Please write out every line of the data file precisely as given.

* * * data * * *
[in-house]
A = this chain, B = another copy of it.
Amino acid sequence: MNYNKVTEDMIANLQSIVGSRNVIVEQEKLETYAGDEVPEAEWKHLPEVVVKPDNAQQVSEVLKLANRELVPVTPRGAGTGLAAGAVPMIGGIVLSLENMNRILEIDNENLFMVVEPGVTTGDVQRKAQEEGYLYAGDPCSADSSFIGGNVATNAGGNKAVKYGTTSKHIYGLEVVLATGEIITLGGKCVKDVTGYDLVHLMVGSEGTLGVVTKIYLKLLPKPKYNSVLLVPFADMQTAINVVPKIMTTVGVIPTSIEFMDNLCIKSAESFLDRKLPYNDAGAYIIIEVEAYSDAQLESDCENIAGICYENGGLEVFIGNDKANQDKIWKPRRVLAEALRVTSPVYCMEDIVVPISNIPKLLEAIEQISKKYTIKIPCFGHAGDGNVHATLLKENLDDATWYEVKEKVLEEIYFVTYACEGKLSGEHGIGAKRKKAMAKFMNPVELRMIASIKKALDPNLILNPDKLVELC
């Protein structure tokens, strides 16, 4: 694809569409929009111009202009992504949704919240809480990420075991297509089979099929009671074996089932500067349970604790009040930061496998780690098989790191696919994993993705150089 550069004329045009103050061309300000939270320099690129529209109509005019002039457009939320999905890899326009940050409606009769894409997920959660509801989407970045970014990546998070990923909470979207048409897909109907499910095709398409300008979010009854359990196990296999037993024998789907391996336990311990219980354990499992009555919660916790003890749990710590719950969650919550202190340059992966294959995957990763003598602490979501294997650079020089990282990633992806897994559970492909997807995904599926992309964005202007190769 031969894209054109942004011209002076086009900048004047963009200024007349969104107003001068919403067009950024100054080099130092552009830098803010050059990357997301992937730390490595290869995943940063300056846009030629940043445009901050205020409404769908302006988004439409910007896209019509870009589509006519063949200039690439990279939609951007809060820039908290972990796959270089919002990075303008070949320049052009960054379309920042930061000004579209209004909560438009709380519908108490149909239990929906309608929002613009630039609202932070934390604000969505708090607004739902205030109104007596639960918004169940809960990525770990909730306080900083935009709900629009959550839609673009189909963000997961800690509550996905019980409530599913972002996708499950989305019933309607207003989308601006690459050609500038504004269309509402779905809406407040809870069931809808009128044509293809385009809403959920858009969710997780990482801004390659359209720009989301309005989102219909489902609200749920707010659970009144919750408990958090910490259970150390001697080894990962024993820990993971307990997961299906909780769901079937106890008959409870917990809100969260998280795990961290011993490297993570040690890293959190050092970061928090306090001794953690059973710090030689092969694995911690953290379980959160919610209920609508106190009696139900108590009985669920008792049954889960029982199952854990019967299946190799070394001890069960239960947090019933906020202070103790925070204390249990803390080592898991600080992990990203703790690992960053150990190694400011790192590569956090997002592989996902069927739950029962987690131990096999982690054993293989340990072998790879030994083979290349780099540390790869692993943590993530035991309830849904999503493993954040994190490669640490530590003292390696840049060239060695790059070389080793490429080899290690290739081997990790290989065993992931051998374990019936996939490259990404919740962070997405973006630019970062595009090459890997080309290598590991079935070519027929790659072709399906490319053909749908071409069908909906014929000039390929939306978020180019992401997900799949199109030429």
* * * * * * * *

[in-house]
A = this chain, B = another copy of it.
Amino acid sequence: MNYNKVTEDMIANLQSIVGSRNVIVEQEKLETYAGDEVPEAEWKHLPEVVVKPDNAQQVSEVLKLANRELVPVTPRGAGTGLAAGAVPMIGGIVLSLENMNRILEIDNENLFMVVEPGVTTGDVQRKAQEEGYLYAGDPCSADSSFIGGNVATNAGGNKAVKYGTTSKHIYGLEVVLATGEIITLGGKCVKDVTGYDLVHLMVGSEGTLGVVTKIYLKLLPKPKYNSVLLVPFADMQTAINVVPKIMTTVGVIPTSIEFMDNLCIKSAESFLDRKLPYNDAGAYIIIEVEAYSDAQLESDCENIAGICYENGGLEVFIGNDKANQDKIWKPRRVLAEALRVTSPVYCMEDIVVPISNIPKLLEAIEQISKKYTIKIPCFGHAGDGNVHATLLKENLDDATWYEVKEKVLEEIYFVTYACEGKLSGEHGIGAKRKKAMAKFMNPVELRMIASIKKALDPNLILNPDKLVELC
């Protein structure tokens, strides 16, 4: 694809569409929009111009202009992504949704919240809480990420075991297509089979099929009671074996089932500067349970604790009040930061496998780690098989790191696919994993993705150089 550069004329045009103050061309300000939270320099690129529209109509005019002039457009939320999905890899326009940050409606009769894409997920959660509801989407970045970014990546998070990923909470979207048409897909109907499910095709398409300008979010009854359990196990296999037993024998789907391996336990311990219980354990499992009555919660916790003890749990710590719950969650919550202190340059992966294959995957990763003598602490979501294997650079020089990282990633992806897994559970492909997807995904599926992309964005202007190769 031969894209054109942004011209002076086009900048004047963009200024007349969104107003001068919403067009950024100054080099130092552009830098803010050059990357997301992937730390490595290869995943940063300056846009030629940043445009901050205020409404769908302006988004439409910007896209019509870009589509006519063949200039690439990279939609951007809060820039908290972990796959270089919002990075303008070949320049052009960054379309920042930061000004579209209004909560438009709380519908108490149909239990929906309608929002613009630039609202932070934390604000969505708090607004739902205030109104007596639960918004169940809960990525770990909730306080900083935009709900629009959550839609673009189909963000997961800690509550996905019980409530599913972002996708499950989305019933309607207003989308601006690459050609500038504004269309509402779905809406407040809870069931809808009128044509293809385009809403959920858009969710997780990482801004390659359209720009989301309005989102219909489902609200749920707010659970009144919750408990958090910490259970150390001697080894990962024993820990993971307990997961299906909780769901079937106890008959409870917990809100969260998280795990961290011993490297993570040690890293959190050092970061928090306090001794953690059973710090030689092969694995911690953290379980959160919610209920609508106190009696139900108590009985669920008792049954889960029982199952854990019967299946190799070394001890069960239960947090019933906020202070103790925070204390249990803390080592898991600080992990990203703790690992960053150990190694400011790192590569956090997002592989996902069927739950029962987690131990096999982690054993293989340990072998790879030994083979290349780099540390790869692993943590993530035991309830849904999503493993954040994190490669640490530590003292390696840049060239060695790059070389080793490429080899290690290739081997990790290989065993992931051998374990019936996939490259990404919740962070997405973006630019970062595009090459890997080309290598590991079935070519027929790659072709399906490319053909749908071409069908909906014929000039390929939306978020180019992401997900799949199109030429």